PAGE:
In regards to Football Degenerative benefits, a player is eligible if “the disability(ies) arises out of League football activities, and results in total and permanent disability before fifteen years after the end of the Player's last Credited Season.” Id. § 5.1(c).

         Finally, the Plan contains a reclassification provision that allows limited reclassification of prior T&P benefits from one category to another. The reclassification provision permits reclassification if a “Player shows by evidence found by the Retirement Board . . . to be clear and convincing that, because of changed circumstances, the Player satisfies the conditions of eligibility for a benefit under a different category of total and permanent disability benefits.” Id. § 5.5(b).

         2. Plaintiff's Requests for T&P Benefits

         Delvin Williams (“Plaintiff”) is a former professional football player who played in the NFL from 1974-1981. Compl. ¶ 1, 8. By virtue of his employment in the NFL, Plaintiff was a participant in the Bert Bell/Pete Rozelle NFL Player Retirement Plan (“the Plan”) and earned vested rights to benefits under the Plan. Id. ¶ 9.

         In December 1980, Plaintiff sustained a season-ending severe neck injury. Id. ¶ 12. Plaintiff retired from the NFL in 1981, and as a result of his football-related injuries, Plaintiff was and is permanently disabled and unable to work. Id. ¶¶ 8, 15. At some time in the 1980's, Plaintiff pursued a claim for disability benefits under the Plan, but his claim was denied. Id. ¶¶ 29, 31.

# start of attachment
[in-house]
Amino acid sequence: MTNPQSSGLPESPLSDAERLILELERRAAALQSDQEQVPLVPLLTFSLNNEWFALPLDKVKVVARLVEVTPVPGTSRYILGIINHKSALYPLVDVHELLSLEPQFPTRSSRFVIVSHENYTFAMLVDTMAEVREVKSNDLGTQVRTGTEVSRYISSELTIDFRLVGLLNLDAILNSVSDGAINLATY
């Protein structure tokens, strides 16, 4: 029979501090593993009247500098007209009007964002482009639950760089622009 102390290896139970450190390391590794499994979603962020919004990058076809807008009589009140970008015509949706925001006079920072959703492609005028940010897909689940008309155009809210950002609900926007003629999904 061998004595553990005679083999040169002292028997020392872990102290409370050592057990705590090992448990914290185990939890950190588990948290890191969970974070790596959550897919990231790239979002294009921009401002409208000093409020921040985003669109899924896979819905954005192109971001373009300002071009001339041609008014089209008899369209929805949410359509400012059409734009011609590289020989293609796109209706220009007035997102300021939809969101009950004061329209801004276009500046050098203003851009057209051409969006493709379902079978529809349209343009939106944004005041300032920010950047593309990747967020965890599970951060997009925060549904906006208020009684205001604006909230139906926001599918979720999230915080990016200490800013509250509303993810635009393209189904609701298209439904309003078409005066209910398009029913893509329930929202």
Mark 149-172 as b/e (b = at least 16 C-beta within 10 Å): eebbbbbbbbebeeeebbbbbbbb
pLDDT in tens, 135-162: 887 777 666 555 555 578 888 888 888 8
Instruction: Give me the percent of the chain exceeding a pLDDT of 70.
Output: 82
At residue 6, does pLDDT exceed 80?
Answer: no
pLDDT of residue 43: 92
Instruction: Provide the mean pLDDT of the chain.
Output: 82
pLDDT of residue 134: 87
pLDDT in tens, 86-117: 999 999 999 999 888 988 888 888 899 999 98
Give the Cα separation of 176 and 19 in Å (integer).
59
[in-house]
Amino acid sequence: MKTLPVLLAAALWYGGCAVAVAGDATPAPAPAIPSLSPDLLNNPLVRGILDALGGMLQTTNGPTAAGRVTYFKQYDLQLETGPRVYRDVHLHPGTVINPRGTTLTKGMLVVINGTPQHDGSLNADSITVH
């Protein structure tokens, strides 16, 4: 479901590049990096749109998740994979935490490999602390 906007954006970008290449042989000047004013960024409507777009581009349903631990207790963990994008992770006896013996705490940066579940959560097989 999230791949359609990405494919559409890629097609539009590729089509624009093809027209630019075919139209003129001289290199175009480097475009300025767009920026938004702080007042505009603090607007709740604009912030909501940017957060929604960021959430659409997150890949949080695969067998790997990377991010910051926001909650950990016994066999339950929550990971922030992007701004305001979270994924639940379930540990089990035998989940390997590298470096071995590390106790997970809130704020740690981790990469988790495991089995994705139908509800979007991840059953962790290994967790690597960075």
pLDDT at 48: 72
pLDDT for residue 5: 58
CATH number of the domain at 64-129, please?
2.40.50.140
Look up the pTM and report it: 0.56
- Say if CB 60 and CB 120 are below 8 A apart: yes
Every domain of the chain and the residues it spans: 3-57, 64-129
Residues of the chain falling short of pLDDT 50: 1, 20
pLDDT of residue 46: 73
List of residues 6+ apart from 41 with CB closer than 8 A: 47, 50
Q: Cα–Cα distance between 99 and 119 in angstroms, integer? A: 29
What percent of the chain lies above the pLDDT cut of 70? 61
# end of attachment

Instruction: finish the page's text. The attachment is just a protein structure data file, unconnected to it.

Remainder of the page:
The Plan was amended “in or around 1995, ” and Plaintiff again applied for T&P benefits. Id. ¶¶ 44, 49-50. This time around, the Board awarded Plaintiff Football Degenerative benefits but deferred a decision on the proper effective date for those benefits. Id. ¶¶ 50, 55. The 1995 Plan Document stated that T&P benefits would be paid “retroactive to the later of (a) the first of the month following the date of the total and permanent disability, or (b) July 1, 1993.” ECF No. 14- 1, Ex. B § 5.1.

         Plaintiff requested a July 1, 1993 effective date and produced evidence that allegedly demonstrated that Plaintiff was totally and permanently disabled before July 1, 1993. Id. ¶¶ 55, 56. Plaintiff's request for retroactive benefits to July 1993 was denied, however, because the Board found that the evidence did not show that Plaintiff became totally and permanently disabled earlier than July 1995. Id. ¶ 56.

         In 1998, Plaintiff sued to overturn the Board's decision denying his request for a retroactive effective date. Id. ¶ 57; Williams v. Ret. Bd. of the Bert Bell/Pete Rozelle NFL Player Ret. Plan, et al., Case No. 98-CV-21071, ECF No. 94 (N.D. Cal. Sept. 28, 2001); see ECF No. 14-1, Ex. C (“September 28, 2001 Order”). In the 1998 litigation, Plaintiff alleged, in part, that the Board abused its discretion by relying on Plaintiff's employment history and by disregarding medical evidence that demonstrated Plaintiff was totally and permanently disabled. September 28, 2001 Order at 4. The district court agreed with Plaintiff and granted partial summary judgment in Plaintiff's favor, id. at 6-7, but the Ninth Circuit reversed, Williams ...


Buy This Entire Record For $7.95

Download the entire decision to receive the complete text, official citation,
docket number, dissents and concurrences, and footnotes for this case.

Learn more about what you receive with purchase of this case.